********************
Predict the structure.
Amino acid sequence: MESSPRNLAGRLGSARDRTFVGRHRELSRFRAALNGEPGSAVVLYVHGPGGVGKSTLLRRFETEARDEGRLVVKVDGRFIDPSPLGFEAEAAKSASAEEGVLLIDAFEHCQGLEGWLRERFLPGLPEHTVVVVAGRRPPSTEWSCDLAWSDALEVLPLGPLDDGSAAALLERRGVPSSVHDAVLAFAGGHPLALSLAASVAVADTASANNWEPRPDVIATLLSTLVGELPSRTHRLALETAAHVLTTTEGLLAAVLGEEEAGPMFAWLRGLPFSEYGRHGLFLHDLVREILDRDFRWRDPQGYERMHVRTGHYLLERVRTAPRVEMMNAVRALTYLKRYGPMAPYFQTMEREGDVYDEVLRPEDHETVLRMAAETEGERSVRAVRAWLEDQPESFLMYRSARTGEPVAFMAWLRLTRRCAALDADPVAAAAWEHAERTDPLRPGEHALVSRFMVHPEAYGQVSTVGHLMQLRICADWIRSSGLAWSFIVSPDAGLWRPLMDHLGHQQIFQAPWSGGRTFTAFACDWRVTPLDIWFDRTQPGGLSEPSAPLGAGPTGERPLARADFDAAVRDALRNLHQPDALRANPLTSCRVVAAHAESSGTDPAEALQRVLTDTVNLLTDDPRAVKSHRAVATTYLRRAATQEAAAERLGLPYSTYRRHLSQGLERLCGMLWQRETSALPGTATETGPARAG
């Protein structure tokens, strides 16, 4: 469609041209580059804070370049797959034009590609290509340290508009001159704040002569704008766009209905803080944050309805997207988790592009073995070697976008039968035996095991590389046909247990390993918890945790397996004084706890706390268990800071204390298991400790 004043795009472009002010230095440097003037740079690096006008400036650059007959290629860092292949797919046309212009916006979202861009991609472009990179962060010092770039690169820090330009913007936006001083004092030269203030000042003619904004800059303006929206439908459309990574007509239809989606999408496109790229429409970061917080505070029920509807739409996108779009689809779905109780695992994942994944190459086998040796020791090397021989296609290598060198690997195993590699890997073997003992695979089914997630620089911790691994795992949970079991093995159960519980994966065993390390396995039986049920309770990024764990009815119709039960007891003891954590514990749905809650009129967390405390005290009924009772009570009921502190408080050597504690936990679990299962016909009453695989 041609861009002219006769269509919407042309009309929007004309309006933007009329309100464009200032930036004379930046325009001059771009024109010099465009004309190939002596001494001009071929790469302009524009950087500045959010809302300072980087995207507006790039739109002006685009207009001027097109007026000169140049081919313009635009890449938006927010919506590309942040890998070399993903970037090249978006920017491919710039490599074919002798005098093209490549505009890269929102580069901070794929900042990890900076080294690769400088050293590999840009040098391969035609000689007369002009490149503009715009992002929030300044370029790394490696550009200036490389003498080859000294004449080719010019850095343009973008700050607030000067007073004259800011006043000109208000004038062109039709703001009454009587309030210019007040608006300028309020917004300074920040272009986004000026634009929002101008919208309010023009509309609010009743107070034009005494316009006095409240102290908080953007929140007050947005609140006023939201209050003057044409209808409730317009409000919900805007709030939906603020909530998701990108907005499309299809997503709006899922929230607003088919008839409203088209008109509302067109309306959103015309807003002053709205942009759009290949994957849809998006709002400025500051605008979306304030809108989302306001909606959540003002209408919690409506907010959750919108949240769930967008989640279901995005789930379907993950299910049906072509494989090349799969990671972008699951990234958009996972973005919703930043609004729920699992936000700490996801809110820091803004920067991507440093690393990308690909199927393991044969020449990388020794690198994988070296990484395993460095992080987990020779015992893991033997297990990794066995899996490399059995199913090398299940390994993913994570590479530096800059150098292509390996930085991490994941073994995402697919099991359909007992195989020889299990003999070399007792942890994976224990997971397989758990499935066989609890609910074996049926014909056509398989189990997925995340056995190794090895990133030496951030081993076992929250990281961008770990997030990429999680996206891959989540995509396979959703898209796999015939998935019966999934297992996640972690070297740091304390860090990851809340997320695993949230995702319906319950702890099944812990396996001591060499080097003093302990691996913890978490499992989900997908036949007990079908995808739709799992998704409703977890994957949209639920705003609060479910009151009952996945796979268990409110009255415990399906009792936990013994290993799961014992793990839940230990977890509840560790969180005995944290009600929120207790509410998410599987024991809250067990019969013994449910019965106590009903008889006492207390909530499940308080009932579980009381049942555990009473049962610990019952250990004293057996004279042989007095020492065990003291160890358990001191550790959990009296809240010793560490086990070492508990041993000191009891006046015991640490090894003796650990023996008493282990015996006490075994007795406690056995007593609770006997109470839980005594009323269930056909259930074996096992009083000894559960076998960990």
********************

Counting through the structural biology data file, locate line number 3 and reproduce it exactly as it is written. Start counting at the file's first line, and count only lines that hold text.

């Protein structure tokens, strides 16, 4: 469609041209580059804070370049797959034009590609290509340290508009001159704040002569704008766009209905803080944050309805997207988790592009073995070697976008039968035996095991590389046909247990390993918890945790397996004084706890706390268990800071204390298991400790 004043795009472009002010230095440097003037740079690096006008400036650059007959290629860092292949797919046309212009916006979202861009991609472009990179962060010092770039690169820090330009913007936006001083004092030269203030000042003619904004800059303006929206439908459309990574007509239809989606999408496109790229429409970061917080505070029920509807739409996108779009689809779905109780695992994942994944190459086998040796020791090397021989296609290598060198690997195993590699890997073997003992695979089914997630620089911790691994795992949970079991093995159960519980994966065993390390396995039986049920309770990024764990009815119709039960007891003891954590514990749905809650009129967390405390005290009924009772009570009921502190408080050597504690936990679990299962016909009453695989 041609861009002219006769269509919407042309009309929007004309309006933007009329309100464009200032930036004379930046325009001059771009024109010099465009004309190939002596001494001009071929790469302009524009950087500045959010809302300072980087995207507006790039739109002006685009207009001027097109007026000169140049081919313009635009890449938006927010919506590309942040890998070399993903970037090249978006920017491919710039490599074919002798005098093209490549505009890269929102580069901070794929900042990890900076080294690769400088050293590999840009040098391969035609000689007369002009490149503009715009992002929030300044370029790394490696550009200036490389003498080859000294004449080719010019850095343009973008700050607030000067007073004259800011006043000109208000004038062109039709703001009454009587309030210019007040608006300028309020917004300074920040272009986004000026634009929002101008919208309010023009509309609010009743107070034009005494316009006095409240102290908080953007929140007050947005609140006023939201209050003057044409209808409730317009409000919900805007709030939906603020909530998701990108907005499309299809997503709006899922929230607003088919008839409203088209008109509302067109309306959103015309807003002053709205942009759009290949994957849809998006709002400025500051605008979306304030809108989302306001909606959540003002209408919690409506907010959750919108949240769930967008989640279901995005789930379907993950299910049906072509494989090349799969990671972008699951990234958009996972973005919703930043609004729920699992936000700490996801809110820091803004920067991507440093690393990308690909199927393991044969020449990388020794690198994988070296990484395993460095992080987990020779015992893991033997297990990794066995899996490399059995199913090398299940390994993913994570590479530096800059150098292509390996930085991490994941073994995402697919099991359909007992195989020889299990003999070399007792942890994976224990997971397989758990499935066989609890609910074996049926014909056509398989189990997925995340056995190794090895990133030496951030081993076992929250990281961008770990997030990429999680996206891959989540995509396979959703898209796999015939998935019966999934297992996640972690070297740091304390860090990851809340997320695993949230995702319906319950702890099944812990396996001591060499080097003093302990691996913890978490499992989900997908036949007990079908995808739709799992998704409703977890994957949209639920705003609060479910009151009952996945796979268990409110009255415990399906009792936990013994290993799961014992793990839940230990977890509840560790969180005995944290009600929120207790509410998410599987024991809250067990019969013994449910019965106590009903008889006492207390909530499940308080009932579980009381049942555990009473049962610990019952250990004293057996004279042989007095020492065990003291160890358990001191550790959990009296809240010793560490086990070492508990041993000191009891006046015991640490090894003796650990023996008493282990015996006490075994007795406690056995007593609770006997109470839980005594009323269930056909259930074996096992009083000894559960076998960990």